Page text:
300 is easily one of the most controversial and most hated scores of our generation. An uninitiated film score listener might be baffled by this - he (or she) may listen to the score and find it a not always pleasant, but certainly serviceable accompaniment to its film. And he or she would be right - could one ignore the existence of a certain avant-garde composer and his score to a certain Shakespearian film, 300 could be considered a serviceable, five-to-six-star score.
But Elliot Goldenthal does exist, as does his genre-bending score for Titus and the track 'Victorious Titus', which is shamefully copied note for note and word for word into 300's 'Returns a King' cue, down to the slapping metallic percussive march that emerges from the massive choral chanting. This is not a gentle homage or a tip of the hat to the temp track - this IS the temp track. Only it's labeled as 'Music by Tyler Bates' on the album cover. The word for this - no other words for it - heinous crime, is plagiarism. Add the fact that 'Remember Us', 300's last track, also references Titus heavily, and one can understand the disdain piled upon Bates by the film score community.
That said, even without the fact that this score breaks the law, it certainly isn't a fine musical work. When it isn't stealing from Elliot Goldenthal, it's ripping off a variety of historical-epic score clichés, most notably the 'wailing woman' idea pioneered by Hans Zimmer in Gladiator, and utilized in both James Horner and Gabriel Yared's versions of Troy. This has never been a particularly pleasant device, and its laughably overused status doesn't make a track like 'Goodbye My Love' any easier to stomach.
But the wailing woman is among the classier instrumental touches used by Bates. Worse by far is the putrid heavy-metal and rock influence. It's relatively harmless in the better action cues, merely adding another layer of volume to tracks like 'To Victory', but when the electronic sound design, samples and drum loops take over in cues like 'The Wolf', 'The Agoge' or the absolutely intolerable 'Fever Dream', you'll be reaching for the off button with your right hand while you grope for a barf bag with your left. At best, it's like an entirely classless version of Hans Zimmer's Black Hawk Down, and even that was fairly unlistenable. And, of course, Black Hawk Down is a modern war film, while 300 is a historical epic. It makes the action scenes look like rubbishy music videos (then again, the action scenes are directed like rubbishy music videos, so perhaps the fault is with the director rather than Bates).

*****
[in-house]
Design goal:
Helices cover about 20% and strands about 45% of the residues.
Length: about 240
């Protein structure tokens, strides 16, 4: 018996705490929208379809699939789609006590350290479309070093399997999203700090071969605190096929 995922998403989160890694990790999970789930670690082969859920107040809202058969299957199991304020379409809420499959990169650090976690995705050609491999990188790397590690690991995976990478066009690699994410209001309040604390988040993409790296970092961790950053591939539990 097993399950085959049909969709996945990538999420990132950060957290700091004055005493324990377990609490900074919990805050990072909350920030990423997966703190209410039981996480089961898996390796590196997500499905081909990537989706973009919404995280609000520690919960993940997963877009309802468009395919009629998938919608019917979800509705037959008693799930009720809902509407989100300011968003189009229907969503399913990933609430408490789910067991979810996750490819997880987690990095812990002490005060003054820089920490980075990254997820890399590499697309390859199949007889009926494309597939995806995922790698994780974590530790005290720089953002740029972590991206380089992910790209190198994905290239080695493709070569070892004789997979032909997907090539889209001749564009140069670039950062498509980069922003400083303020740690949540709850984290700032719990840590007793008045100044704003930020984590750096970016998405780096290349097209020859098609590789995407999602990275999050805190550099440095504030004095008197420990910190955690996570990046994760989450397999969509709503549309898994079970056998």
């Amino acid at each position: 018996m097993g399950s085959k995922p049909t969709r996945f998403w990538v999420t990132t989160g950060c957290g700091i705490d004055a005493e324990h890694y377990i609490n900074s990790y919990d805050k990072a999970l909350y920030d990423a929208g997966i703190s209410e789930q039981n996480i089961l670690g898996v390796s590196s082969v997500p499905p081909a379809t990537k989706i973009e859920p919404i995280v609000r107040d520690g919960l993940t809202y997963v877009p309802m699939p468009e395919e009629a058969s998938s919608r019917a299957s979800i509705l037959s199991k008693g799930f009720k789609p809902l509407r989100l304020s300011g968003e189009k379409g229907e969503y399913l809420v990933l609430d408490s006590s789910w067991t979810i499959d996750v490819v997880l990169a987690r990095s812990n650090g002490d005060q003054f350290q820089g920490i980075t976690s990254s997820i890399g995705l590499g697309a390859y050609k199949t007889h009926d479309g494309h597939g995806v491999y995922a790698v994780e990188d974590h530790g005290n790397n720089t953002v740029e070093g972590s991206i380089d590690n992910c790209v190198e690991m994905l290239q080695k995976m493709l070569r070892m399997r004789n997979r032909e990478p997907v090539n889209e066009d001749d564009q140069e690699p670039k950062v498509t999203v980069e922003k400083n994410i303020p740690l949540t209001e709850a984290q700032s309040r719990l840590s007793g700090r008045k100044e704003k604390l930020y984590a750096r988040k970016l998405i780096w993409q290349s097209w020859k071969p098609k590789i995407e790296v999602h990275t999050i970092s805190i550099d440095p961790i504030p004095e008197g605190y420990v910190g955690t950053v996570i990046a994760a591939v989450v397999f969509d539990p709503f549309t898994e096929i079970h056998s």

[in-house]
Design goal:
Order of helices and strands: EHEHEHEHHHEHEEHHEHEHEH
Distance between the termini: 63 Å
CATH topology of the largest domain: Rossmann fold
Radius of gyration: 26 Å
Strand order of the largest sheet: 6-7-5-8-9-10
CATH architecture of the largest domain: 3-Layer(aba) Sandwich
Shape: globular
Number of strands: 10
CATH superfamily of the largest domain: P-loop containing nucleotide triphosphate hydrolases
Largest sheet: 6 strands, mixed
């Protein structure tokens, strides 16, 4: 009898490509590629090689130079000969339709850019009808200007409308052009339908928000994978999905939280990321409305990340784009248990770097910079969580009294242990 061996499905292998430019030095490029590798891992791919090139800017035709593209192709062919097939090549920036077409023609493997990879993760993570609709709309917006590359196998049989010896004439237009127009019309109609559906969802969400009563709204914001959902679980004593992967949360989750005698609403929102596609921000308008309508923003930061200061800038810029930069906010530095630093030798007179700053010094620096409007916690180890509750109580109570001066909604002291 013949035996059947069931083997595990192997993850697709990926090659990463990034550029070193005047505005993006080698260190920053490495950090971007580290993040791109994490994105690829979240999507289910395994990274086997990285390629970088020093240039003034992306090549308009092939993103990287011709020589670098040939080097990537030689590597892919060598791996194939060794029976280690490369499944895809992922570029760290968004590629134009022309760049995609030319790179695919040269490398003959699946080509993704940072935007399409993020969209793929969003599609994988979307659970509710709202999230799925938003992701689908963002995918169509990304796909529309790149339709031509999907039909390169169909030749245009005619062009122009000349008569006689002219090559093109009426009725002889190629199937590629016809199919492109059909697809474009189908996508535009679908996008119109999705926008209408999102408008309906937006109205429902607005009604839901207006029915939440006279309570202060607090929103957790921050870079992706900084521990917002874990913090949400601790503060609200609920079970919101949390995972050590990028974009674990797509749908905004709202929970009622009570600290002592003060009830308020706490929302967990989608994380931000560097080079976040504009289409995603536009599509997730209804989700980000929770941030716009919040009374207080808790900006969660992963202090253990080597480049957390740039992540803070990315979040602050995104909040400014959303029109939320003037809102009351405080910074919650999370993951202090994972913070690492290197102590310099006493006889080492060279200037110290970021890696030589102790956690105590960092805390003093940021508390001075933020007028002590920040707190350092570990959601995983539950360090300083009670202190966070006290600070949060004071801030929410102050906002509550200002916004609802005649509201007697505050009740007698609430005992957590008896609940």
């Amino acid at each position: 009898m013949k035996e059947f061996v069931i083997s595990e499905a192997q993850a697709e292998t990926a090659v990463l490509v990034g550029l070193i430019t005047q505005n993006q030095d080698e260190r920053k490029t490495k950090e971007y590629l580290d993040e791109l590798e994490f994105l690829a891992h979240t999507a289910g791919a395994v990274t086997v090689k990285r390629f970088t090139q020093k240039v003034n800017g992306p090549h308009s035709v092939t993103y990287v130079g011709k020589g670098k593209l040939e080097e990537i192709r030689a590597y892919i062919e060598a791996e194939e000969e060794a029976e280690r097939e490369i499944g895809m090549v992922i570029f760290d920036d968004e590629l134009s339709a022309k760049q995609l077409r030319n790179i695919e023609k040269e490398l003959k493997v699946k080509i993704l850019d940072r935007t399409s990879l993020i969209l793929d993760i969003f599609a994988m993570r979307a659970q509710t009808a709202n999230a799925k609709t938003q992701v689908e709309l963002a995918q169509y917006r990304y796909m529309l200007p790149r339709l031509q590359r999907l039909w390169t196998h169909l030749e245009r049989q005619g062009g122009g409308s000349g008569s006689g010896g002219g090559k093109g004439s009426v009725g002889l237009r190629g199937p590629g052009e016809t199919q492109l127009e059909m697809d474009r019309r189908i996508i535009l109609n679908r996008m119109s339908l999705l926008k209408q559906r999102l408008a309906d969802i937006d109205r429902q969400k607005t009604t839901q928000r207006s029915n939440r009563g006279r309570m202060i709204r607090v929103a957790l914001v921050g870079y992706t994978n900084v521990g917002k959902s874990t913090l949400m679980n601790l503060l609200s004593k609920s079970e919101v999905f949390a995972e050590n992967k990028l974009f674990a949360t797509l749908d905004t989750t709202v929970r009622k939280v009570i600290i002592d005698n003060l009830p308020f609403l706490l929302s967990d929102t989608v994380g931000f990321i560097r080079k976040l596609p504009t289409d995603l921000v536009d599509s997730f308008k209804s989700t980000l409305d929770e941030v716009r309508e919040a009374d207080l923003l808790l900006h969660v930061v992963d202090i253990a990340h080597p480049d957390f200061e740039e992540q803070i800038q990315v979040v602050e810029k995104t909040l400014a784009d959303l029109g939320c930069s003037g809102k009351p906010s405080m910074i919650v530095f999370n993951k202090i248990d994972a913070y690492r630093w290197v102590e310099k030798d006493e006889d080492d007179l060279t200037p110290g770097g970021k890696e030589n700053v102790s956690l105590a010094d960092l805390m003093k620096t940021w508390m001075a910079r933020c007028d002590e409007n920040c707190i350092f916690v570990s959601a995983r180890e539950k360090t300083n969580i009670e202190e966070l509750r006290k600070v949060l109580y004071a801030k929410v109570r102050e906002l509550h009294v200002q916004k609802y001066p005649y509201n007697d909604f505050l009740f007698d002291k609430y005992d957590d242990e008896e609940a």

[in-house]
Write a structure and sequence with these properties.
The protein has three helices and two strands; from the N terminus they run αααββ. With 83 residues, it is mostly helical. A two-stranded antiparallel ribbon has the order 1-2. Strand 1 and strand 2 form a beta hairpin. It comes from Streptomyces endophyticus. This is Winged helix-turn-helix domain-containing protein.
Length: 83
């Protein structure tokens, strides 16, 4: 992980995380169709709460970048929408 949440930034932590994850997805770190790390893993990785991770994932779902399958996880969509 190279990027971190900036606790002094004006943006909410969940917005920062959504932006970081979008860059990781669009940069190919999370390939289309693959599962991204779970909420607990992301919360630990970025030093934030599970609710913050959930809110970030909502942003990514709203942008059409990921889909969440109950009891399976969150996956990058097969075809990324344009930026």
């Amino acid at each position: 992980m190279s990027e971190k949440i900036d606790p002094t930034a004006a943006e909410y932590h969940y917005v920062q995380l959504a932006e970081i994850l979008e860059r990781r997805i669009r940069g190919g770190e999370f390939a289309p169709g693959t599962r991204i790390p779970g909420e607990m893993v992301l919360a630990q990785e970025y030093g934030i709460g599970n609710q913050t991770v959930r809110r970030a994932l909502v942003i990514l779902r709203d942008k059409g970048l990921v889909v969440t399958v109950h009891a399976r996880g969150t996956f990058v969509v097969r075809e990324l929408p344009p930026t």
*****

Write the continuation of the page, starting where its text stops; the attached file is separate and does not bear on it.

At best, some of the tracks contain harmlessly pleasant, new-agey chord progressions ('Message for the Queen' is probably the best non-plagiarized track). But the fact that the two Goldenthal-based tracks far, far outstrip anything else the album has to offer says something about Tyler Bates' skill as a composer. It's ironic, but the Titus plagiarism actually makes this album better. One can't ignore the fact, though, that somebody - whether Bates or the director - should have been prosecuted for this, and reading amazon.com reviews comparing this garbage to Howard Shore's Lord of the Rings scores is a depressing reflection of mainstream demand in film scores. A blemish.